When Ratni Birhor starved to death in her hut in September 2011, the story made headlines due to allegations of government neglect of the Birhor people. Last week, the Hindustan Times, a major English language daily newspaper in India, provided an update to the story.
An investigation in 2011 shortly after the woman died had concluded that she had not received government welfare rations for many months. The roof on her hut was leaking, her job card showed that she had not had any work, and she had not received any old-age pension support. The government had completely abandoned her.
Government officials in Jharkhand State, where her village, Tilra, is located, responded that reports in the media were incorrect—the woman had simply died of natural causes. She and her family had all received appropriate pension payments, they said. A subsequent investigation, however, pointed out that government agents had tried to circumvent the outcry by surreptitiously placing food grains in her hut in order to cover up the fact that she had, in fact, starved to death.
Abhishek Saha, a reporter for the Hindustan Times, visited Tilra a few weeks ago and found Ratni Birhor’s husband, Bhola Birhor, lying in his hut, paralyzed from a severe illness. He is 60. Saha writes that his condition reflects the Birhor as a whole: paralysis due to inattention. The cause, he suggests, is due to the fact that the former hunting and gathering people were forced to abandon that lifestyle and to settle into permanent communities. However, they have few skills with which to earn livelihoods and to adopt modern ways. They mostly subsist on welfare.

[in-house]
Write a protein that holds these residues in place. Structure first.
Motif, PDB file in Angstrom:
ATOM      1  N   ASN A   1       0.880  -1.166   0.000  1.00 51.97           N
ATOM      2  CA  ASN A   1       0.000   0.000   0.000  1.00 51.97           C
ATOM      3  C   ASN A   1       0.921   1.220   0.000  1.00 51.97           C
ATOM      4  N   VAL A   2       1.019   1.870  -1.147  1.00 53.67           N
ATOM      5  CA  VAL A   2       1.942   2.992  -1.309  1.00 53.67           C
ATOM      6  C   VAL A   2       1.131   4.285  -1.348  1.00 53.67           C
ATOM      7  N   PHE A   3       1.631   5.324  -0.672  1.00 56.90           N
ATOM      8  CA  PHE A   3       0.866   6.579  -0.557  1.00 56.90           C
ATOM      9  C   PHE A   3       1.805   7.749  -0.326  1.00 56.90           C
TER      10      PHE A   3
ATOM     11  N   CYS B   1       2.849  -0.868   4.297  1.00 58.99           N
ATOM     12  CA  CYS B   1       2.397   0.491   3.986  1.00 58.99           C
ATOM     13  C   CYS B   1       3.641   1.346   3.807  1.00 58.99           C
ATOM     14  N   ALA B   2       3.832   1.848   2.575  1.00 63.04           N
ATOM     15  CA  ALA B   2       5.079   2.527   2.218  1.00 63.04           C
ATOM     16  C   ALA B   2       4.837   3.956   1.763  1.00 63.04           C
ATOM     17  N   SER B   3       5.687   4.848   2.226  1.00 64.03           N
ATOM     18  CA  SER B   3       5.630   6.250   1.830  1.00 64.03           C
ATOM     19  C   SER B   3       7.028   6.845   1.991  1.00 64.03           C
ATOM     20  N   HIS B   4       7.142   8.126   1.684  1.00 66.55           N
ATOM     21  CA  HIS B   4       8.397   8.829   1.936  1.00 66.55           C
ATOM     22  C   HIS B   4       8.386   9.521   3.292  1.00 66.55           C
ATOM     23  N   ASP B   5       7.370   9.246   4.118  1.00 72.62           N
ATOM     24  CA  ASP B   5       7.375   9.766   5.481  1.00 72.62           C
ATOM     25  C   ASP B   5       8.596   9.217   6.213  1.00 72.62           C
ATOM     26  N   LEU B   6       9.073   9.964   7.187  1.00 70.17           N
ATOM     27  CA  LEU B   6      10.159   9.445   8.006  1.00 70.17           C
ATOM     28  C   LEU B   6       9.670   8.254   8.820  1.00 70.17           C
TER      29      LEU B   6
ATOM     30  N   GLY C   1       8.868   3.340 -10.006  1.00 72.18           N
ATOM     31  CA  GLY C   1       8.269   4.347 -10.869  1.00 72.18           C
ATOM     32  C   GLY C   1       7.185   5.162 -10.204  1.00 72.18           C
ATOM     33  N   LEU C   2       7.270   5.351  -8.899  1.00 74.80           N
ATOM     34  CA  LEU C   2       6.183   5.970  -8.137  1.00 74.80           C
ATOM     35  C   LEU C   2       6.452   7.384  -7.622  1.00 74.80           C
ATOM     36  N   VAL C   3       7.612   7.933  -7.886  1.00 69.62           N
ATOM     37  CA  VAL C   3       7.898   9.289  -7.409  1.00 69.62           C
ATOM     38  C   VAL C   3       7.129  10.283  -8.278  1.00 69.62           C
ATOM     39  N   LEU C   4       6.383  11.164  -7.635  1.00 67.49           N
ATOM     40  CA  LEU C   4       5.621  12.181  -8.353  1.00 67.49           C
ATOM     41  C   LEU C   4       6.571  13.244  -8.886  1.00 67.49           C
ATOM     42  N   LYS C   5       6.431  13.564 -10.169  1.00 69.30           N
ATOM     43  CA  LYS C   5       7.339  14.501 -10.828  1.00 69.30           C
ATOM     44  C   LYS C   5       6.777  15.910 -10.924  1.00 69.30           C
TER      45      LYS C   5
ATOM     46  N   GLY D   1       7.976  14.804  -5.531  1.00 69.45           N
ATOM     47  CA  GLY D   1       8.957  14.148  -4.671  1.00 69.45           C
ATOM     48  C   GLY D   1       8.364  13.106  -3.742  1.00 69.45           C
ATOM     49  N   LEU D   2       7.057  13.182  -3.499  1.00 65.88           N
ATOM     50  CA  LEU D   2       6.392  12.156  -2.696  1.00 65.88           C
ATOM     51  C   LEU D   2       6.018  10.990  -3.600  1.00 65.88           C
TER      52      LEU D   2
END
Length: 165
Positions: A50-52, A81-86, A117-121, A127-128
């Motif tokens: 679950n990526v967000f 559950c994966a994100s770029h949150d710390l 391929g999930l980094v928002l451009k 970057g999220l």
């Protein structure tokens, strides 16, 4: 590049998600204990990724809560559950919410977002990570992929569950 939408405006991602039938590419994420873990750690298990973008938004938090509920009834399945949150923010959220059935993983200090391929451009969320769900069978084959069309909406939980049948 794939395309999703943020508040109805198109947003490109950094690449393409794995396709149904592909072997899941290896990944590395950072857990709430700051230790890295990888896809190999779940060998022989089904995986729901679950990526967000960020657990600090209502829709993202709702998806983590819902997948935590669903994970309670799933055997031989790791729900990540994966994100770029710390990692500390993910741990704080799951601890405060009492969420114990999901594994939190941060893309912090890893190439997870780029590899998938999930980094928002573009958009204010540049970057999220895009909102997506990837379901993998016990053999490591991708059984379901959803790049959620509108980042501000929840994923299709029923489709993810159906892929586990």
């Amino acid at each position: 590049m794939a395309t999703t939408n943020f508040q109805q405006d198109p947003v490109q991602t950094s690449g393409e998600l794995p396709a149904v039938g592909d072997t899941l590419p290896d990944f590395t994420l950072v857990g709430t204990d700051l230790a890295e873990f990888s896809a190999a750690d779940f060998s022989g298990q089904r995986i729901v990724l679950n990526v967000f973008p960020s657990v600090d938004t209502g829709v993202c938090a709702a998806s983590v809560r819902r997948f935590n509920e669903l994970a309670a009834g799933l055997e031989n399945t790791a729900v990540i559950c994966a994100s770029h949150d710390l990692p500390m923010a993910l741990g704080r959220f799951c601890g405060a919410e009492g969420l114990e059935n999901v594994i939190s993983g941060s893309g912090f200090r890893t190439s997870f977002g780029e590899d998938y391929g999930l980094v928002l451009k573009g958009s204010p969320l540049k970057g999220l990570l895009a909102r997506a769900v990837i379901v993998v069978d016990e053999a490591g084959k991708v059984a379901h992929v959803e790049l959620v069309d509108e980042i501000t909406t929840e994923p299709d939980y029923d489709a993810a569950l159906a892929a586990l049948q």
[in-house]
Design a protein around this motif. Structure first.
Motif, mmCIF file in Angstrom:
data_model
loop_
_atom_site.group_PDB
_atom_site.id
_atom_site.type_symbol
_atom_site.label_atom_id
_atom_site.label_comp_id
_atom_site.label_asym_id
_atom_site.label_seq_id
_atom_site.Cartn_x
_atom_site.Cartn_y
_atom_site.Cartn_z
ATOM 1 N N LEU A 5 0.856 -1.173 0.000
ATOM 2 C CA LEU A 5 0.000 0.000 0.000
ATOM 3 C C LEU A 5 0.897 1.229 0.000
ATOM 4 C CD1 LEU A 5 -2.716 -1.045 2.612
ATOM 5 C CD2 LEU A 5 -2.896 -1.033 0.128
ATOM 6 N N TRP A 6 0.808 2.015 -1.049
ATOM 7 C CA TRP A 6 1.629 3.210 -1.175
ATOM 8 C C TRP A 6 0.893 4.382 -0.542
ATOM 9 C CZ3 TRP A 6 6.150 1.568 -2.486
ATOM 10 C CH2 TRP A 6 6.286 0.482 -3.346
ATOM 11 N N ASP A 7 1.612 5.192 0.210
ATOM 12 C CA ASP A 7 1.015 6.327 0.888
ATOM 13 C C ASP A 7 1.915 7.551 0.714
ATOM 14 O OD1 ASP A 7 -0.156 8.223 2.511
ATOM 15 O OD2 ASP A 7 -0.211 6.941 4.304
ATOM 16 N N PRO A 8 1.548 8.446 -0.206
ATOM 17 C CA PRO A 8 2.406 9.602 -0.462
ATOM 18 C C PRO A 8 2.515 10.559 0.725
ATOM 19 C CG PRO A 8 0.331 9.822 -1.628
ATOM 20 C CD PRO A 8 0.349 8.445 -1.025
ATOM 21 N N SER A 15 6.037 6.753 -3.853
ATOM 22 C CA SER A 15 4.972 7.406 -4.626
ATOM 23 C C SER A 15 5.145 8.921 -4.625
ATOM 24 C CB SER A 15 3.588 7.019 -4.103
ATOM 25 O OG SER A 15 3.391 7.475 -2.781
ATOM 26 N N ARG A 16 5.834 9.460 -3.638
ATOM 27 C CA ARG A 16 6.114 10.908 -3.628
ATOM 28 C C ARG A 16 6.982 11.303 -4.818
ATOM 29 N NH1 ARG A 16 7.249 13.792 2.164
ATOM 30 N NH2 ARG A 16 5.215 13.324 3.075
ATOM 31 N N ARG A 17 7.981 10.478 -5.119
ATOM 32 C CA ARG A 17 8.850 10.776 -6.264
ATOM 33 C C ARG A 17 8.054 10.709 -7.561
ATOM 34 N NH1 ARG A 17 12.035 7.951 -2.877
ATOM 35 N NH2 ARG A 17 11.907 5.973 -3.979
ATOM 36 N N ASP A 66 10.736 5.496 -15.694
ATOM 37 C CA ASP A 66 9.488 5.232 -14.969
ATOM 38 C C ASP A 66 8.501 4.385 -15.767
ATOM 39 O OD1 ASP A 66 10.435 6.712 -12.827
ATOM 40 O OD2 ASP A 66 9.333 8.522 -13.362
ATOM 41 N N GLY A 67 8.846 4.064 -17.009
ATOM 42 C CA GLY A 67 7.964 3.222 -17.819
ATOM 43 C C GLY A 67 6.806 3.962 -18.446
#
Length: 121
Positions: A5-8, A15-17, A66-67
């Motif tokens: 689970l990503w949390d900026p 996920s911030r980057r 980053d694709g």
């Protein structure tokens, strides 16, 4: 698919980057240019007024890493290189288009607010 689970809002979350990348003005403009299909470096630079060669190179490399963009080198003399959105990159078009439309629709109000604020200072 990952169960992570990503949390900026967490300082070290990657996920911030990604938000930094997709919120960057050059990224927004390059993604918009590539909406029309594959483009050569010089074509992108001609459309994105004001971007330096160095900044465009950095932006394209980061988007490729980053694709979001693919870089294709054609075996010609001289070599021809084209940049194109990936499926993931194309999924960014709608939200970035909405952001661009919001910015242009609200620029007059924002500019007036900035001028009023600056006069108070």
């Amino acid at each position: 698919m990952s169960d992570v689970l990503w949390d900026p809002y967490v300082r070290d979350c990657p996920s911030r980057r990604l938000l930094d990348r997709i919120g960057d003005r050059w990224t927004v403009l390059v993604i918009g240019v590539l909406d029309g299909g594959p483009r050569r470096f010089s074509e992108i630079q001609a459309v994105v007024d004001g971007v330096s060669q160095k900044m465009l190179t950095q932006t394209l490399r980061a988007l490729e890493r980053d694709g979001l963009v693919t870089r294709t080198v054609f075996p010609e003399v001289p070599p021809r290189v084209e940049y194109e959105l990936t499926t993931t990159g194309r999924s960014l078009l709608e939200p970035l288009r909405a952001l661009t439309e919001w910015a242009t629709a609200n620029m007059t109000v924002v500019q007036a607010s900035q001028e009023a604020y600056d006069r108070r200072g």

The journalist quotes Gopi Nath Ghosh, a human rights activist, who had led an investigation in Tilra of the passing of Ratni Birhor and had concluded that the her death “exposed the loopholes in the implementation of policies meant to benefit the vulnerable tribal groups.” He filed a complaint with an anti-corruption ombudsman agency in Jharkhand called the Lokayukta.
The Hindustan Times reports that the Lokayukta has recently acknowledged that government agencies had, indeed, fallen short in the implementation of policies that would benefit the Birhor in Tilra. It proposed the establishment of a committee to monitor the situation.
Saha was told by the Tilra Birhor that since Ratni’s death and the ensuing outcry, the supply of food grains and access to healthcare in the village has, in fact, been better. But they also pointed out that the houses built for them by the government had not really been kept up. Meena, a Birhor woman in the village, said, “many of the houses here do not have doors. We use clothes or tin sheets to cover the space provided for the door to shield ourselves from wind and rain.” Meena makes ropes for sale out of jute or used plastic bags.
Since new houses are not being built, older people in Tilra are moving out of their small block homes into what the journalist refers to as make-shift housing—essentially, temporary, decrepit shacks, in order to make room for younger family members in the more modern houses. The story in the Hindustan Times includes a couple pictures, one of which shows a shack for the older people and a more modern house near it. Government agents recently provided blankets for the villagers, but some of the Birhor asked how a family of ten could share one quilt.
Saha spoke with Ram Bopal Pandey, the development officer for the local block in which Tilra is located, about the situation. He replied that pensions are regularly paid to the villagers, and that blankets were distributed according to the sizes of families. He said he had not been notified by the Birhor that they had any problems with the doors on their huts.